3.2.2. Initialized services using the ServiceManager

The getAndInitServiceObject() enhances the method from chapter 3.2.1 with dynamic initialization. You can pass the initialization parameter as a the third argument that is passed to the init() method of the service. This parameter is typeless what means that you can pass any type of data type.

This method of initialization included one disadvantage: the initialization parameter must be known by the service consumer. For this reason you should use this mechanism in conjunction with service initialization by application specific information (e.g. providing an application id defined within a tag attribute).

3.2.3. Complex services using the DIServiceManager

The getDIServiceObject() method is a wrapper function for the DIServiceManager call, that provides a user-level dependency injection container for the APF. Services can be initialized by other services or static parameters.

Using the DIServiceManager better separates application code and configuration. Parameters are injected from outside the source code and service creation must not ne part of the code. This leads to loosely coupled services that are easily reusable. Further, testability is much more better, because database access can easily be replaced by a MOCK layer.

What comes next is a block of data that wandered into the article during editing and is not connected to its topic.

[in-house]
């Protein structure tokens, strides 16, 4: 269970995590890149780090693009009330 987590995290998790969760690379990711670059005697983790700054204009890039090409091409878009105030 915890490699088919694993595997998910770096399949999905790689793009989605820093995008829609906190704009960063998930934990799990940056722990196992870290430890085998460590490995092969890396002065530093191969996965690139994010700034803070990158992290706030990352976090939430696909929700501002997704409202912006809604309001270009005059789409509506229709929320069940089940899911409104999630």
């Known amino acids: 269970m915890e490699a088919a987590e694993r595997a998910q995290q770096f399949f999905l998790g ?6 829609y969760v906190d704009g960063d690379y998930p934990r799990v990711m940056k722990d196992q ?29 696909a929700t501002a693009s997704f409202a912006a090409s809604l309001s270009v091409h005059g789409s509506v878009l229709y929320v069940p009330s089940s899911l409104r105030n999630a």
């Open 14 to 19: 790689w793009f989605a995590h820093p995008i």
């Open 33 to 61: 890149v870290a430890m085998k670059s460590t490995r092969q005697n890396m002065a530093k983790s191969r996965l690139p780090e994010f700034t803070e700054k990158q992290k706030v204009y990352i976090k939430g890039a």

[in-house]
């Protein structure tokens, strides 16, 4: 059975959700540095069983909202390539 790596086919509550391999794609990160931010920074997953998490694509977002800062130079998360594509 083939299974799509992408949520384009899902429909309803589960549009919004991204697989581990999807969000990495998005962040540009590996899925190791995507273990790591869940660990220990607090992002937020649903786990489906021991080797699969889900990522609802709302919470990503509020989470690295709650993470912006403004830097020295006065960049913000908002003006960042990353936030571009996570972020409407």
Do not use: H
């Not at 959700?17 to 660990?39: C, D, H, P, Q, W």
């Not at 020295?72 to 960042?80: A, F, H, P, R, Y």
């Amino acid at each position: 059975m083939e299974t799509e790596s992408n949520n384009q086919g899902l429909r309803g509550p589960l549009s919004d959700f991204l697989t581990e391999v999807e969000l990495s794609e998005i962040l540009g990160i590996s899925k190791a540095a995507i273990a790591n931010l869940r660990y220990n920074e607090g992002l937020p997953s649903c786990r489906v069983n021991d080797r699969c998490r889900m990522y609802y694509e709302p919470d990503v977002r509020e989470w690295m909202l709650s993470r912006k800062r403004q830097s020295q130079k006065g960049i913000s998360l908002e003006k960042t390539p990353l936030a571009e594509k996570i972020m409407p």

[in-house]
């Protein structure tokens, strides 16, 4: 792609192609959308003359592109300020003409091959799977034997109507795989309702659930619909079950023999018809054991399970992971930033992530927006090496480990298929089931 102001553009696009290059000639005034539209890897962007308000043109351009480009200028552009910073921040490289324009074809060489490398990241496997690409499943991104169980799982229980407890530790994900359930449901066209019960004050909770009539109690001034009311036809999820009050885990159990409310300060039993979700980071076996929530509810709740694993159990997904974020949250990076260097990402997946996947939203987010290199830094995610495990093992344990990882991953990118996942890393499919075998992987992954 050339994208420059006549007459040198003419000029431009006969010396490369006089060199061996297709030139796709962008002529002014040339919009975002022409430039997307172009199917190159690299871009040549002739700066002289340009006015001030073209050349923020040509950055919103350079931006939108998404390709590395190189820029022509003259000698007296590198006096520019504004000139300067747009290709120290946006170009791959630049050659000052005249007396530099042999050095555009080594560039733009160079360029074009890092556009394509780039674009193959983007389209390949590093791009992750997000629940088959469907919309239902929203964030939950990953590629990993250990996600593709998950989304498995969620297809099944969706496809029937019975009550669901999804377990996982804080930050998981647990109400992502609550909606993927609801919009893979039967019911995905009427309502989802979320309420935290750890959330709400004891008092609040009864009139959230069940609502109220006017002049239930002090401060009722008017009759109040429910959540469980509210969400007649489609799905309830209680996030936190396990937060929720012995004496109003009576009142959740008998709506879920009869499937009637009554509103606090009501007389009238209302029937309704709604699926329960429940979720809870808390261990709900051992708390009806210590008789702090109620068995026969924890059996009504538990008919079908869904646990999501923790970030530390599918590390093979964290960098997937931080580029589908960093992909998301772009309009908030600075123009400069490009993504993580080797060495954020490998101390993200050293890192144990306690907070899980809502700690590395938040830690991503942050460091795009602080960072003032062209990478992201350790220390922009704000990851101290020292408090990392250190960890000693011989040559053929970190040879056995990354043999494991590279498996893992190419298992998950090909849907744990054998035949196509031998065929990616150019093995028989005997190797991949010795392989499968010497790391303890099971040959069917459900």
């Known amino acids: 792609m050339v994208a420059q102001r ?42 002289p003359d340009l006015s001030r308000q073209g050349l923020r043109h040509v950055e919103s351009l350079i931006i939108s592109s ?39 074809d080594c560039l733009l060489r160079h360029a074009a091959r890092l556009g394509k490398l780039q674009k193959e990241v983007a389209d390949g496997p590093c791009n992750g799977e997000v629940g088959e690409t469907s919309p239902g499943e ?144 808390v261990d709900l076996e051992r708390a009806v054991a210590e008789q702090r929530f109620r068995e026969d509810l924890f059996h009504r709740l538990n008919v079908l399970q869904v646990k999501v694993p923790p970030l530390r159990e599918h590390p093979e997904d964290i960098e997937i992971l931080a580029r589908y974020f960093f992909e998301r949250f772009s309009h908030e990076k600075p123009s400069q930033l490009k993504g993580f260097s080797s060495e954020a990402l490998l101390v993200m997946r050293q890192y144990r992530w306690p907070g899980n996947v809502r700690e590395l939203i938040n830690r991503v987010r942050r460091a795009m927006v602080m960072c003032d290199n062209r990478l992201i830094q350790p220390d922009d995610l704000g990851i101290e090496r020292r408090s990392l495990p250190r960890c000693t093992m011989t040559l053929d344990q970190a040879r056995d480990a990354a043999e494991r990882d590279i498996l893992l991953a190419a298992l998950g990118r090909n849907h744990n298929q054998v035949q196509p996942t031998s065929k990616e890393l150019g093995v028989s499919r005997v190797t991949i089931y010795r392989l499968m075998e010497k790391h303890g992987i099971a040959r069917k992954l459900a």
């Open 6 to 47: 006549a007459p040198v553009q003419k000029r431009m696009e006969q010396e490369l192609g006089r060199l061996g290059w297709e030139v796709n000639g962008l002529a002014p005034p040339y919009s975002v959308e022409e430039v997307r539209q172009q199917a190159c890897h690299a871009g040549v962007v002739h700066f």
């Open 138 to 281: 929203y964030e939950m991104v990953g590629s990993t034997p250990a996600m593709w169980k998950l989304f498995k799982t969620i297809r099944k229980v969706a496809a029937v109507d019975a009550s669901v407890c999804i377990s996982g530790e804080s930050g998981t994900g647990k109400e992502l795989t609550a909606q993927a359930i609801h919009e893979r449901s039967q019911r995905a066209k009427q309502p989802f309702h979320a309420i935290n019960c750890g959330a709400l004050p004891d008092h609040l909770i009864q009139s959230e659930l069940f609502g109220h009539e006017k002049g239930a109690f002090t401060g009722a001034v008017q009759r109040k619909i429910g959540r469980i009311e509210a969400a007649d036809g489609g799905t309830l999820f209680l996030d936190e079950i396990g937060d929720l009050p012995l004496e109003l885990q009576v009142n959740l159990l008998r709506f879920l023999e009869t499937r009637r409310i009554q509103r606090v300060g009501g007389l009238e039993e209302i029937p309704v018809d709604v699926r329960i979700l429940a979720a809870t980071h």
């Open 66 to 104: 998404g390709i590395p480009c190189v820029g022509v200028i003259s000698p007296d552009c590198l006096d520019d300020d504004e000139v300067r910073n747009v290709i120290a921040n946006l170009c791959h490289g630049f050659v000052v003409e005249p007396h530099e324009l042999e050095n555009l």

4. Samples

Applying the theoretical knowledge described above is really a piece of cake. The subsequent chapters give you an example of the application of the methods.

4.1. Simple services

As described in chapter 3.2.1 getServiceObject() returns a simple service object:

PHP code
class MyObject extends APFObject { public function doSomething(){ $myService = &$this->getServiceObject( $namespace, $serviceName, [$type = APFService::SERVICE_TYPE_SINGLETON], [$instanceId = null] ); $myService->doSomethingElse(); }